A friend of mine posted a very interesting meme the other day. It provoked quite a bit of thought and introspect for me and it also inspired me to share my thoughts with you.
One of the harder things about “Adulting,” I find, is the acquiescing we do for others. We will say, “yes” despite not wanting to. We will do things and put ourselves in situations that we do not enjoy out of some perceived obligation.
Is it really obligation or is it fear?
Although we age and are supposed to become more mature, there is a bit of mob/tribe mentality that follows us. The fear of disappointing someone or not being liked because we say “no” is repackaged in obligation. There is a hefty price to pay as a result: stress, anxiety, energy and time.
When we were younger, we had time and energy to acquiesce to the multitudes of requests and demands from family, teachers and friends; but as we get older, those same 24 hours a day don’t seem to be enough anymore as our YES exceeds our physical, emotional and psychological limits. We neglect ourselves and we ultimately break down.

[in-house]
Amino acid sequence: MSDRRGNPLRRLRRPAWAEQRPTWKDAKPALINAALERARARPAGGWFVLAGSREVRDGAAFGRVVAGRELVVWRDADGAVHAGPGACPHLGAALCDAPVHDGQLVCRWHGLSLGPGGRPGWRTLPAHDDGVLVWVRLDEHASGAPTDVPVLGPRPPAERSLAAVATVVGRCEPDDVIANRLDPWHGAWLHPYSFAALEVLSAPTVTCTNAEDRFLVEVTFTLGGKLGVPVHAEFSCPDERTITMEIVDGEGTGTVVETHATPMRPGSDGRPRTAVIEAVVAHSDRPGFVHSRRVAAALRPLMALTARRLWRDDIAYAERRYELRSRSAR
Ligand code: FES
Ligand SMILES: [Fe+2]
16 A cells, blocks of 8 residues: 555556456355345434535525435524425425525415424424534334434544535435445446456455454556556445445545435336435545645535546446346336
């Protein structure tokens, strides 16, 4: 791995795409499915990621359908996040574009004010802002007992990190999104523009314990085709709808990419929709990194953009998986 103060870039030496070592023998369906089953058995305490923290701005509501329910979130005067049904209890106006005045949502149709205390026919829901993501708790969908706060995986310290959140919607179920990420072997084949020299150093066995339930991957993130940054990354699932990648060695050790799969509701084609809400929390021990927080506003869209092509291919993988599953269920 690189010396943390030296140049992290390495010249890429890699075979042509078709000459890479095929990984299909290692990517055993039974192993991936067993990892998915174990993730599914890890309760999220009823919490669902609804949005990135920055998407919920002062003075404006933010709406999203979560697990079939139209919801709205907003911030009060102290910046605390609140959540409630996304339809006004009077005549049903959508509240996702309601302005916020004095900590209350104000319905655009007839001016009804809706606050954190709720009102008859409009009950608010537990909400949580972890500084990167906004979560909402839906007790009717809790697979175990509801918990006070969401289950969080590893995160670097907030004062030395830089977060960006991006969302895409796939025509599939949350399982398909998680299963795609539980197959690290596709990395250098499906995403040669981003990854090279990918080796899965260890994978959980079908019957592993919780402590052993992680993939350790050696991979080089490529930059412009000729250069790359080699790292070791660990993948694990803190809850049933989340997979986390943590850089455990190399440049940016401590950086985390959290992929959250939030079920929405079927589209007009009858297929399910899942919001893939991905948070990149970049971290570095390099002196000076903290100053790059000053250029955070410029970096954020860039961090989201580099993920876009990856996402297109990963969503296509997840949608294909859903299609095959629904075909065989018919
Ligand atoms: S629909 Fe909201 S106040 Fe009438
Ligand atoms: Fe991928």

Some of us may lash out – only to be met with a dumbfounded response and insinuation that we are overacting somehow.
Some of us may grow resentful and engage in passive aggressive behavior; which, ultimately is a toxic vicious cycle from which nothing good can come.
Some of us may suffer in complete silence until our bodies lash out, by way of illness like: high blood pressure, stroke, anxiety attacks, palpitations, insomnia etc.
Is the fear worth it?
Gauging the cost of saying yes to certain people or circumstance, whether it be your family, significant other, or your boss is essential to your well-being. Surely, no one likes to be told no for anything, but in the grander scheme of things, they will understand if you must decline. If they choose not to understand, then CONGRATULATIONS! You have just weeded out someone who has been taking full advantage of your inability to say no and you can implement new boundaries accordingly.
Is it really that hard?
The first time is the hardest. Your second time at the rodeo – not so much and so on and so forth. It is a practice, much like handwriting. You put it the effort and it becomes as effortless as it is to sign your name on the dotted line and you’ll wonder why you didn’t learn this sooner.
Are you having problems saying no?
Let’s talk about it.